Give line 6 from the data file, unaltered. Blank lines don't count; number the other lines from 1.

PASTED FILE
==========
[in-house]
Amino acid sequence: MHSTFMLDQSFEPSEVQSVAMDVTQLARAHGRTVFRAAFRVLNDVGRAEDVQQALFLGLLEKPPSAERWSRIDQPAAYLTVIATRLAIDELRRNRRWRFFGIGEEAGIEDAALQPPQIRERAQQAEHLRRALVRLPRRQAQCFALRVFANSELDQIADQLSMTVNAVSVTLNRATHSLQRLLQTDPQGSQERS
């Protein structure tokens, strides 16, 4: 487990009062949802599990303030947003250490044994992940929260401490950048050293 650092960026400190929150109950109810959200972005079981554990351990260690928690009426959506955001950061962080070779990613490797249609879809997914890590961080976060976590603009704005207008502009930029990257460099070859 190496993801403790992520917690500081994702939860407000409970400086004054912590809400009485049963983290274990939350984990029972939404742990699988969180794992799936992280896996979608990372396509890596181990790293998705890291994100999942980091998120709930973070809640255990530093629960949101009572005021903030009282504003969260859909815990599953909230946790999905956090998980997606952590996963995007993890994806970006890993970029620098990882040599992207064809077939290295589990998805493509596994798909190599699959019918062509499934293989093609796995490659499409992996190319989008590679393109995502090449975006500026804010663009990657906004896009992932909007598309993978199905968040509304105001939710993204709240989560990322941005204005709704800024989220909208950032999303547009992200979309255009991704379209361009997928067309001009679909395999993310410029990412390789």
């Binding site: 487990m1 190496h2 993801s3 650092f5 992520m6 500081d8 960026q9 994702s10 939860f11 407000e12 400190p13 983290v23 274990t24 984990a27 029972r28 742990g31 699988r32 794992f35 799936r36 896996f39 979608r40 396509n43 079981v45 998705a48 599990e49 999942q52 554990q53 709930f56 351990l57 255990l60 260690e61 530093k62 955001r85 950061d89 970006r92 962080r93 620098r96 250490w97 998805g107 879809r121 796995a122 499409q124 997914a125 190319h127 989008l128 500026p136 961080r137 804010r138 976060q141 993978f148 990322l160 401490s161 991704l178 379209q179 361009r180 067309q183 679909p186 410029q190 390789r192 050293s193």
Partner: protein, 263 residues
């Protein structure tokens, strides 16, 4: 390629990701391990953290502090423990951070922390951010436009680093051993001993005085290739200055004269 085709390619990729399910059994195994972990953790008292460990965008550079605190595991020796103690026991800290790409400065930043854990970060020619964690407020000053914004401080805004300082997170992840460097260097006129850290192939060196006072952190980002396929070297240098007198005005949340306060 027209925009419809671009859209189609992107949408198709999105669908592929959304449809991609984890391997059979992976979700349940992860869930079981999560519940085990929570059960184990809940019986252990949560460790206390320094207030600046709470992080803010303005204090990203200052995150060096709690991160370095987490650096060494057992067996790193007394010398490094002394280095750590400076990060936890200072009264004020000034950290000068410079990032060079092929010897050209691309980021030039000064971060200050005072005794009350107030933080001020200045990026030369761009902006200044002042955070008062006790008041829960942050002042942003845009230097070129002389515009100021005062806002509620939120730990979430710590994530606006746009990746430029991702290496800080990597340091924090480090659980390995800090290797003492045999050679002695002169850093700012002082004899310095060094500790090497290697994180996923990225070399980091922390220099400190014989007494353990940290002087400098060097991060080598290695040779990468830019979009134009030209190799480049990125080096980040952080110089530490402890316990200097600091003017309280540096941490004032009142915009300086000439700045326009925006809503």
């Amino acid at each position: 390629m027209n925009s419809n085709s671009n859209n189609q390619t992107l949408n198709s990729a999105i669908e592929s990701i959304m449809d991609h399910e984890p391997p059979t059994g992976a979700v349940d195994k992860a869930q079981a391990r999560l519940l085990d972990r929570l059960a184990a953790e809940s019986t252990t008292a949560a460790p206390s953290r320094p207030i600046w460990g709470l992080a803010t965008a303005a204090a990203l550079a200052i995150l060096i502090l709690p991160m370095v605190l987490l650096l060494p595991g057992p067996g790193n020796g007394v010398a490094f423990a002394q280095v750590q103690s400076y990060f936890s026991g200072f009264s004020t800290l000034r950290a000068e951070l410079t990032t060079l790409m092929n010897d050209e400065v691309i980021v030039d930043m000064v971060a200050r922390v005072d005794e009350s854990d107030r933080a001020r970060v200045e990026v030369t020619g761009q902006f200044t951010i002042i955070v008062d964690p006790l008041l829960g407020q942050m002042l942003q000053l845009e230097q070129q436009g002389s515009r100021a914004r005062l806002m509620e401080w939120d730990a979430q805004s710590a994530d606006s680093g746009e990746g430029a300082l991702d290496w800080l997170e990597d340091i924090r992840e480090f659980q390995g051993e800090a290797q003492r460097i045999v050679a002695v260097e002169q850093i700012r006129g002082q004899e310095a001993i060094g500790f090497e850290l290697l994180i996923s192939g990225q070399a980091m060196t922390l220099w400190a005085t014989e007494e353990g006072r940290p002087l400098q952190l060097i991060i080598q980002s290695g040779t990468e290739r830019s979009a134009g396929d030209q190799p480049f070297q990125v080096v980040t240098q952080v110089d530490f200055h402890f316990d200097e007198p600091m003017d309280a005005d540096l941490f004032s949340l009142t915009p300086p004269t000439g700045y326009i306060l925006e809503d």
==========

């Protein structure tokens, strides 16, 4: 390629990701391990953290502090423990951070922390951010436009680093051993001993005085290739200055004269 085709390619990729399910059994195994972990953790008292460990965008550079605190595991020796103690026991800290790409400065930043854990970060020619964690407020000053914004401080805004300082997170992840460097260097006129850290192939060196006072952190980002396929070297240098007198005005949340306060 027209925009419809671009859209189609992107949408198709999105669908592929959304449809991609984890391997059979992976979700349940992860869930079981999560519940085990929570059960184990809940019986252990949560460790206390320094207030600046709470992080803010303005204090990203200052995150060096709690991160370095987490650096060494057992067996790193007394010398490094002394280095750590400076990060936890200072009264004020000034950290000068410079990032060079092929010897050209691309980021030039000064971060200050005072005794009350107030933080001020200045990026030369761009902006200044002042955070008062006790008041829960942050002042942003845009230097070129002389515009100021005062806002509620939120730990979430710590994530606006746009990746430029991702290496800080990597340091924090480090659980390995800090290797003492045999050679002695002169850093700012002082004899310095060094500790090497290697994180996923990225070399980091922390220099400190014989007494353990940290002087400098060097991060080598290695040779990468830019979009134009030209190799480049990125080096980040952080110089530490402890316990200097600091003017309280540096941490004032009142915009300086000439700045326009925006809503």